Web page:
It sounds like an abstract concept, almost like something that could never happen. In spite of this, like all gradual processes, tooth decay (also called dental caries or cavities) does not happen instantaneously and may can go unnoticed for a while, especially at initial stages. This fact makes it necessary to gain more knowledge on the topic of tooth decay: its causes, progression, complications, treatment options, and ways of preventing it.
PARTS OF THE TOOTH
The enamel is the hard, white outer part of the tooth.
Dentine is the layer below the enamel. It is a hard tissue that contains microscopic tubes. When the enamel is damaged, heat or cold can enter the tooth through these paths and cause sensitivity to pain.
The pulp is the softer, living, inner structure through which nerves and blood vessels run.
How Would I know if I have Tooth Decay?
When the tooth decay is at the beginning stages, no symptoms might be present at all. As the decay progresses, the following symptoms will begin to be present:
- Brown, black, yellow, or white stains on the surface of the teeth
- Mild to sharp pain when eating or drinking something hot or cold or sweet
- Toothache or tooth pain that occurs without any reason
- Pain when biting down
- Holes in the teeth
What Causes Tooth Decay?
Despite popular rumours, tooth decay is not caused by worms eating away the surface of the tooth, but rather by one eating a lot of sugars and starchy foods andfailure to clean his or her teeth well.When sugars and starch remain on the tooth, certain bacteria present in the mouth quickly begin to feed on them and form a substance known as dental plaque, a clear sticky acid-containing film that coats the tooth. If this plaque remains on the tooth, it can harden into ‘tartar’ or ‘calculus’ which is more difficult to remove and thus creates a shield for the bacteria.
The acids in plaque remove the minerals in the tooth’s hard outer covering, the enamel. This removal of minerals leads to formation of holes in the enamel (this is the first stage of cavities). Once the enamel has been affected, the acids and bacteria can make their way to the next layer, the dentine. The dentine is much softer than enamel and not as resistant to attacks. The dentine also has tiny tubes that communicate directly with the tooth nerve. Therefore, when acids and bacteria attack the dentine, sensitivity as tooth decay progresses, the bacteria and acids continueto eat through the layers of the tooth, eventually reaching the pulp cavity – which contains blood vessels and nerves. The pulp cavity becomes swollen and irritated, resulting in a lot of pain and discomfort. The discomfort could extend outside of the tooth to the gum, and even to the jawbone.
Tooth decay and cavities are often ignored or go unnoticed. If they are not treated properly, several complications could arise, among which are:
- Tooth abscess (a pocket of pus around a tooth caused by bacterial infection)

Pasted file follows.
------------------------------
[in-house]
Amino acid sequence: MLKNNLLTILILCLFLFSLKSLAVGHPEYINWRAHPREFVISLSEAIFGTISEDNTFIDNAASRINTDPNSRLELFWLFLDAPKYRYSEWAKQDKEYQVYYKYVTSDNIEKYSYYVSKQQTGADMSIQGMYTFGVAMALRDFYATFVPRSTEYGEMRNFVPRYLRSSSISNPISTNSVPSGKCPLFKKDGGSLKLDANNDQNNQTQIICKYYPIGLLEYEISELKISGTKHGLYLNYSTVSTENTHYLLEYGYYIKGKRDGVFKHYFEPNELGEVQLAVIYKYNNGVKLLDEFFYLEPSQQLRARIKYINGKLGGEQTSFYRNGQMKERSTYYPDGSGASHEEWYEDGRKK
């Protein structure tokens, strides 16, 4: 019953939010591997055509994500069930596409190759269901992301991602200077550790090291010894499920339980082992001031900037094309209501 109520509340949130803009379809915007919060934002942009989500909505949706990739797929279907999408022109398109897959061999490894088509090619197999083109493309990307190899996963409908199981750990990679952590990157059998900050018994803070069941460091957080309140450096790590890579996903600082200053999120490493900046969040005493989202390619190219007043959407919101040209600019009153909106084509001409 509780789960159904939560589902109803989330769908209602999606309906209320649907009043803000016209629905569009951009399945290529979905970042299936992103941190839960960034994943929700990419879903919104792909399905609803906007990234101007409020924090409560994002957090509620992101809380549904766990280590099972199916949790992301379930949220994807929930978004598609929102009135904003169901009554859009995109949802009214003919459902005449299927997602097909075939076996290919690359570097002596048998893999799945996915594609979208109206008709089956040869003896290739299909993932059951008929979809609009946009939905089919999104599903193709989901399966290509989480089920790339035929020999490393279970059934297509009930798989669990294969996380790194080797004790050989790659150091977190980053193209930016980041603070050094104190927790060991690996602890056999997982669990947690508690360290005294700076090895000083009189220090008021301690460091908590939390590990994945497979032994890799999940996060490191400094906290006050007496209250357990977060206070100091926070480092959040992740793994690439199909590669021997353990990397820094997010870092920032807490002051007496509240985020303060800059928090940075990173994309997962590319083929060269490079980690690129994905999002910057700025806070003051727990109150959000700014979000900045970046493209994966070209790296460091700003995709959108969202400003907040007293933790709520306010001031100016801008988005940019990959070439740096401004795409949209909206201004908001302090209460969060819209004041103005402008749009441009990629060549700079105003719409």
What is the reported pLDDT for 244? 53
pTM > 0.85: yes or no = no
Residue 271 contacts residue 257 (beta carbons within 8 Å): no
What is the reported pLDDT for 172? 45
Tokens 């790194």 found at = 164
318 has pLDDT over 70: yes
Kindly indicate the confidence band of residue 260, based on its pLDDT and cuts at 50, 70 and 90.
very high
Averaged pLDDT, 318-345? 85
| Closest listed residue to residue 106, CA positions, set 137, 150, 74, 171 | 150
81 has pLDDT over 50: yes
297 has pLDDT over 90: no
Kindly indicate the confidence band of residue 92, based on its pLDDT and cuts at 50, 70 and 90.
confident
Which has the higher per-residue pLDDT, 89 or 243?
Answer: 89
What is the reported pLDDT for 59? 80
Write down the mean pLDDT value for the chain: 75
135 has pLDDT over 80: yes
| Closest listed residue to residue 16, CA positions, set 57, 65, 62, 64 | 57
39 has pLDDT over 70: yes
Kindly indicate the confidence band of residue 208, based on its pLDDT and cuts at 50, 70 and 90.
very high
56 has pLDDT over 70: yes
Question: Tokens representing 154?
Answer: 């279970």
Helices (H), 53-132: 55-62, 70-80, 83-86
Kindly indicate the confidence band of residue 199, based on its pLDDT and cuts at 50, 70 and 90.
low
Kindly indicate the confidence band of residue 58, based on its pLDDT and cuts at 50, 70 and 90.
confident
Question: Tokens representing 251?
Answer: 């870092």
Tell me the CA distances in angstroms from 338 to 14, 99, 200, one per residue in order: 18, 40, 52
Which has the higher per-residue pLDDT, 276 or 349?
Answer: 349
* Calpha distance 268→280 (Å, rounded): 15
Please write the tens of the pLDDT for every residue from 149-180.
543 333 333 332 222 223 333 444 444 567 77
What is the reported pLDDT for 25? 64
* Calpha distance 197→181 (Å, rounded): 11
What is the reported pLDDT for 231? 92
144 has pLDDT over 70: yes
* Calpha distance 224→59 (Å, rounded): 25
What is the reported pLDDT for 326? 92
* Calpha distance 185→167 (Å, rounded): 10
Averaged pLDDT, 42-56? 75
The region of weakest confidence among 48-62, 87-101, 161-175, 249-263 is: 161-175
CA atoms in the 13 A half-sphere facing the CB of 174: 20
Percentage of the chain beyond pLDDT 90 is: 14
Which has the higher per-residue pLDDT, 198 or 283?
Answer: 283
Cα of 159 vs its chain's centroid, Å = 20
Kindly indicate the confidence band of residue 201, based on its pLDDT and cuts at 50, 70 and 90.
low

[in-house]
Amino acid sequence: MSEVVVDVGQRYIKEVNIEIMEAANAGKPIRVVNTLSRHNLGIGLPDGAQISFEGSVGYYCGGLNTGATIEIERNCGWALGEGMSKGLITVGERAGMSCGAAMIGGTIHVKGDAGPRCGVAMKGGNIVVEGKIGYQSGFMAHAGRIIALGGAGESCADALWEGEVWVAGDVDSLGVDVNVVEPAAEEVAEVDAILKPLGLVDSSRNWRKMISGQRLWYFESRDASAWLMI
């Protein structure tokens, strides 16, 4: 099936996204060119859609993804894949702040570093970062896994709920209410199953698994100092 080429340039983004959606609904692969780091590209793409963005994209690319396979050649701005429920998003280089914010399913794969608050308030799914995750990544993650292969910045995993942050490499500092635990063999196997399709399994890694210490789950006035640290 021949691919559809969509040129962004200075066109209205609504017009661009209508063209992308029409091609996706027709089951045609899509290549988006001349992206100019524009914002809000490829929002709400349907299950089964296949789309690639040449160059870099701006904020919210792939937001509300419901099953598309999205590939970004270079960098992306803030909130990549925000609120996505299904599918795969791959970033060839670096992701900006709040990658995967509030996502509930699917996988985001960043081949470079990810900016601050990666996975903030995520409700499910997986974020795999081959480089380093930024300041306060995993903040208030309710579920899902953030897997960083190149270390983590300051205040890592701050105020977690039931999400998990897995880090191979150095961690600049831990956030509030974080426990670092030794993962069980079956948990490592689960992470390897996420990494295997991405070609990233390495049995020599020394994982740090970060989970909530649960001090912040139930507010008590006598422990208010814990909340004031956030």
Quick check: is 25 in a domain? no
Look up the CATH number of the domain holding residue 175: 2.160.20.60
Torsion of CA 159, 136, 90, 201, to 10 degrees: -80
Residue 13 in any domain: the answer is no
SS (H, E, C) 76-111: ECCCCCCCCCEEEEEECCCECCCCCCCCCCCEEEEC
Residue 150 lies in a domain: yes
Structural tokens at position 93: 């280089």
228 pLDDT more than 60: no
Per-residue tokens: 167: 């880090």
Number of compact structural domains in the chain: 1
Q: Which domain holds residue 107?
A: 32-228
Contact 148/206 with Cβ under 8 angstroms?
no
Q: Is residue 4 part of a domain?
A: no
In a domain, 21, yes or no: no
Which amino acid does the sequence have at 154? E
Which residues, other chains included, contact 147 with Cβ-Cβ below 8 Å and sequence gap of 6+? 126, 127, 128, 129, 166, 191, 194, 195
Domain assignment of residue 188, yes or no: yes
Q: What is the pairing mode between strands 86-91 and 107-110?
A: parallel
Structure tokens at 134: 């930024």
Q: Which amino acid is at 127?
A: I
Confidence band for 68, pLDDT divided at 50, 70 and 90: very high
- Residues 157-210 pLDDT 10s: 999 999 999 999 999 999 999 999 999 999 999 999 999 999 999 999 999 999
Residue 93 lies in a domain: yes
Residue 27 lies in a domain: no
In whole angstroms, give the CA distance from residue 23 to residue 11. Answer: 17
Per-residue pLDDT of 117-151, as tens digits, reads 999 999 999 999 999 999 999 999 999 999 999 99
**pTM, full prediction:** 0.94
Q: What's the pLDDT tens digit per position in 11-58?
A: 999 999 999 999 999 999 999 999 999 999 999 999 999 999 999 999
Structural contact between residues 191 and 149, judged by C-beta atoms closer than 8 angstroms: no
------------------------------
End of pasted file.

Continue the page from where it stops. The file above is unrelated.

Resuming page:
- Swelling around a tooth
- Damaged or broken tooth
- Chewing problems
- Positioning shifts of other teeth after tooth loss
In severe cases, the person suffering from tooth decay could have loss of appetite, severe weight loss, tooth loss, and these complications could interfere with daily living, affecting self-esteem and ability to carry out tasks normally and effectively.
Treatment of Tooth Decay depends on severity. It is important to visit the dentist at least twice a year (every 6 months) for check up and examination, even when you don’t feel any pain.. The dentist can identify a tooth decay through an oral examination or an X-ray. Treatment options for Tooth Decay include:
- Tooth fillings
- Crowns: For more severe cases of tooth decay
- Root canal therapy: When the tooth decay is so severe that it has caused death of the nerves on the very inside of the tooth.
- Tooth extractions: Some teeth become so severely decayed that they cannot be restored and must be removed.
Tooth decay is a common dental problem. However, it is possible to prevent it by doing the following:
- Brush with fluoride toothpaste after eating or drinking: It is important to brush the teeth at least twice a day, not only in the morning but also at night after the last meal and before bedtime. In addition to this, it is also ideal to brush after every meal. To clean between teeth, use dental floss and avoid toothpicks as they can damage the gum.
- Rinse your mouth: If the dentist believes that one has a high risk of developing cavities, he or she may recommend using a mouth wash (or mouth rinse) that contains fluoride. Do not swallow the mouth wash.
- Visit the dentist regularly: One should aim to visit the dentist at least every six months. Getting professional cleaning (scaling and polishing) and regular oral examinations can go a long way in preventing problems or detecting them early and treating them effectively.
- Avoid frequent snacking: Whenever one eats or drinks beverages other than water, bacteria in the mouth produce acids that can destroy tooth enamel. If one snacks or drinks throughout the day without brushing, his or her teeth are constantly under attack.
- Eat tooth-healthy foods: Certain foods and beverages are healthier for the teeth than others. Avoid foods that can ger stuck in grooves and pits of the teeth for long periods of time, or brush soon after eating them. Fruits such as fresh fruits and vegetables, on the contrary, increase salivation. Unsweetened coffee, tea and sugar-free chewing gum help to wash away food particles.
By Dr Sylvia Amede